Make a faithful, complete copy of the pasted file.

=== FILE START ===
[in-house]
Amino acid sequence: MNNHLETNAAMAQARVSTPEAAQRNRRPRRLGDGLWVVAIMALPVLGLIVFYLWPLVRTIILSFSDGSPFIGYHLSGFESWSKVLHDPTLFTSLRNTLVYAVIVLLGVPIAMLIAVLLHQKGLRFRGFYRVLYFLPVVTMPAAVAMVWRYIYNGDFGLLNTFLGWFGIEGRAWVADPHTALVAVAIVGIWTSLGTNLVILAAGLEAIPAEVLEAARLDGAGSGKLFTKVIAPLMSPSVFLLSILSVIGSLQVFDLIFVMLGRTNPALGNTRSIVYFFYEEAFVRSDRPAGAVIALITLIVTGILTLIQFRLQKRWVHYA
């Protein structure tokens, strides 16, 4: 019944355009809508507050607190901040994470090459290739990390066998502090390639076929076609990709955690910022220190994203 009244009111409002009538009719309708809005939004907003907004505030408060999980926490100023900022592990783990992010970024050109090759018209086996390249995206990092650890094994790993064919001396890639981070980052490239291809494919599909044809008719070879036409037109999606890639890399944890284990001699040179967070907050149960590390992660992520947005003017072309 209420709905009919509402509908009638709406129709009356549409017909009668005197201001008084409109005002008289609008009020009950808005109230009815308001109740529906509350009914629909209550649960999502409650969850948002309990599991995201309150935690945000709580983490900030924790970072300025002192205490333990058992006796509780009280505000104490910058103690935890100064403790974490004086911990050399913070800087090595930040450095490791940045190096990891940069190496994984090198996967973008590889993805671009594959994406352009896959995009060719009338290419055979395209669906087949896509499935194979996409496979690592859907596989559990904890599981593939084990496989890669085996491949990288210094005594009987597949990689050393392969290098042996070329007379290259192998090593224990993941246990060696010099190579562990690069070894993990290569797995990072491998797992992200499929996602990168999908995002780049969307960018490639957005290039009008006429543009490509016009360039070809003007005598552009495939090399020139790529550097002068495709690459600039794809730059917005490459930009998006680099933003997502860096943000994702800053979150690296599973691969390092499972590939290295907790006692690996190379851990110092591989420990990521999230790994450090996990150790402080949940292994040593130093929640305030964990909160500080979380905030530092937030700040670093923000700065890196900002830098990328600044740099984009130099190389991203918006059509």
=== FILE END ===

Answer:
[in-house]
Amino acid sequence: MNNHLETNAAMAQARVSTPEAAQRNRRPRRLGDGLWVVAIMALPVLGLIVFYLWPLVRTIILSFSDGSPFIGYHLSGFESWSKVLHDPTLFTSLRNTLVYAVIVLLGVPIAMLIAVLLHQKGLRFRGFYRVLYFLPVVTMPAAVAMVWRYIYNGDFGLLNTFLGWFGIEGRAWVADPHTALVAVAIVGIWTSLGTNLVILAAGLEAIPAEVLEAARLDGAGSGKLFTKVIAPLMSPSVFLLSILSVIGSLQVFDLIFVMLGRTNPALGNTRSIVYFFYEEAFVRSDRPAGAVIALITLIVTGILTLIQFRLQKRWVHYA
């Protein structure tokens, strides 16, 4: 019944355009809508507050607190901040994470090459290739990390066998502090390639076929076609990709955690910022220190994203 009244009111409002009538009719309708809005939004907003907004505030408060999980926490100023900022592990783990992010970024050109090759018209086996390249995206990092650890094994790993064919001396890639981070980052490239291809494919599909044809008719070879036409037109999606890639890399944890284990001699040179967070907050149960590390992660992520947005003017072309 209420709905009919509402509908009638709406129709009356549409017909009668005197201001008084409109005002008289609008009020009950808005109230009815308001109740529906509350009914629909209550649960999502409650969850948002309990599991995201309150935690945000709580983490900030924790970072300025002192205490333990058992006796509780009280505000104490910058103690935890100064403790974490004086911990050399913070800087090595930040450095490791940045190096990891940069190496994984090198996967973008590889993805671009594959994406352009896959995009060719009338290419055979395209669906087949896509499935194979996409496979690592859907596989559990904890599981593939084990496989890669085996491949990288210094005594009987597949990689050393392969290098042996070329007379290259192998090593224990993941246990060696010099190579562990690069070894993990290569797995990072491998797992992200499929996602990168999908995002780049969307960018490639957005290039009008006429543009490509016009360039070809003007005598552009495939090399020139790529550097002068495709690459600039794809730059917005490459930009998006680099933003997502860096943000994702800053979150690296599973691969390092499972590939290295907790006692690996190379851990110092591989420990990521999230790994450090996990150790402080949940292994040593130093929640305030964990909160500080979380905030530092937030700040670093923000700065890196900002830098990328600044740099984009130099190389991203918006059509």